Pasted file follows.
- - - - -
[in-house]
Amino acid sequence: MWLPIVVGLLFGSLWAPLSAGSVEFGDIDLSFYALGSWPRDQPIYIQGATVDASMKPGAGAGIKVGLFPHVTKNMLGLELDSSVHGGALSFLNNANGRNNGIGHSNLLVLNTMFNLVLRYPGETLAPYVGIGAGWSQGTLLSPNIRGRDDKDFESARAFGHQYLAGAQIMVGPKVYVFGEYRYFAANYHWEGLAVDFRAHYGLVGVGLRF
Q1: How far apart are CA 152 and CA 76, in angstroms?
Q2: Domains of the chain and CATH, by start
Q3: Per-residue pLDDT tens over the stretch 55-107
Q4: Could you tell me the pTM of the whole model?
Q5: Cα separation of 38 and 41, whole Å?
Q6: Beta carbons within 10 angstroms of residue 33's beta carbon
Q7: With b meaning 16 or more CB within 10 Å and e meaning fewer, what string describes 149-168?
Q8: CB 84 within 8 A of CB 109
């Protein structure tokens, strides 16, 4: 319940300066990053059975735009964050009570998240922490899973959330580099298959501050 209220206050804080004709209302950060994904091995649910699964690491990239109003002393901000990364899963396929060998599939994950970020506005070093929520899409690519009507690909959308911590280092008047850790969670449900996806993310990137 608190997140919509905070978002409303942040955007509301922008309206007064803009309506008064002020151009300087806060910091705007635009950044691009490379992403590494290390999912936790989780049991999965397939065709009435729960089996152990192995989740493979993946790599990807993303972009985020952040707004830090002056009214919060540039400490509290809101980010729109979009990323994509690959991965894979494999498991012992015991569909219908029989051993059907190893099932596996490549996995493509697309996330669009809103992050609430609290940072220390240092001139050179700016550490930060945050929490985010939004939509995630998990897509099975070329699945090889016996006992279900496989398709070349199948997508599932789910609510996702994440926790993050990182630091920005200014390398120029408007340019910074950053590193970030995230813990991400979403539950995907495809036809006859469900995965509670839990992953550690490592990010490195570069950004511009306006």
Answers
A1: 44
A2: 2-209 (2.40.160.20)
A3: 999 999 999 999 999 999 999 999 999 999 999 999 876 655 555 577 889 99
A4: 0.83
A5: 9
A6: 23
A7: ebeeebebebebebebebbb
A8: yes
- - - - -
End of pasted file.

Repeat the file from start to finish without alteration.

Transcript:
[in-house]
Amino acid sequence: MWLPIVVGLLFGSLWAPLSAGSVEFGDIDLSFYALGSWPRDQPIYIQGATVDASMKPGAGAGIKVGLFPHVTKNMLGLELDSSVHGGALSFLNNANGRNNGIGHSNLLVLNTMFNLVLRYPGETLAPYVGIGAGWSQGTLLSPNIRGRDDKDFESARAFGHQYLAGAQIMVGPKVYVFGEYRYFAANYHWEGLAVDFRAHYGLVGVGLRF
Q1: How far apart are CA 152 and CA 76, in angstroms?
Q2: Domains of the chain and CATH, by start
Q3: Per-residue pLDDT tens over the stretch 55-107
Q4: Could you tell me the pTM of the whole model?
Q5: Cα separation of 38 and 41, whole Å?
Q6: Beta carbons within 10 angstroms of residue 33's beta carbon
Q7: With b meaning 16 or more CB within 10 Å and e meaning fewer, what string describes 149-168?
Q8: CB 84 within 8 A of CB 109
């Protein structure tokens, strides 16, 4: 319940300066990053059975735009964050009570998240922490899973959330580099298959501050 209220206050804080004709209302950060994904091995649910699964690491990239109003002393901000990364899963396929060998599939994950970020506005070093929520899409690519009507690909959308911590280092008047850790969670449900996806993310990137 608190997140919509905070978002409303942040955007509301922008309206007064803009309506008064002020151009300087806060910091705007635009950044691009490379992403590494290390999912936790989780049991999965397939065709009435729960089996152990192995989740493979993946790599990807993303972009985020952040707004830090002056009214919060540039400490509290809101980010729109979009990323994509690959991965894979494999498991012992015991569909219908029989051993059907190893099932596996490549996995493509697309996330669009809103992050609430609290940072220390240092001139050179700016550490930060945050929490985010939004939509995630998990897509099975070329699945090889016996006992279900496989398709070349199948997508599932789910609510996702994440926790993050990182630091920005200014390398120029408007340019910074950053590193970030995230813990991400979403539950995907495809036809006859469900995965509670839990992953550690490592990010490195570069950004511009306006």
Answers
A1: 44
A2: 2-209 (2.40.160.20)
A3: 999 999 999 999 999 999 999 999 999 999 999 999 876 655 555 577 889 99
A4: 0.83
A5: 9
A6: 23
A7: ebeeebebebebebebebbb
A8: yes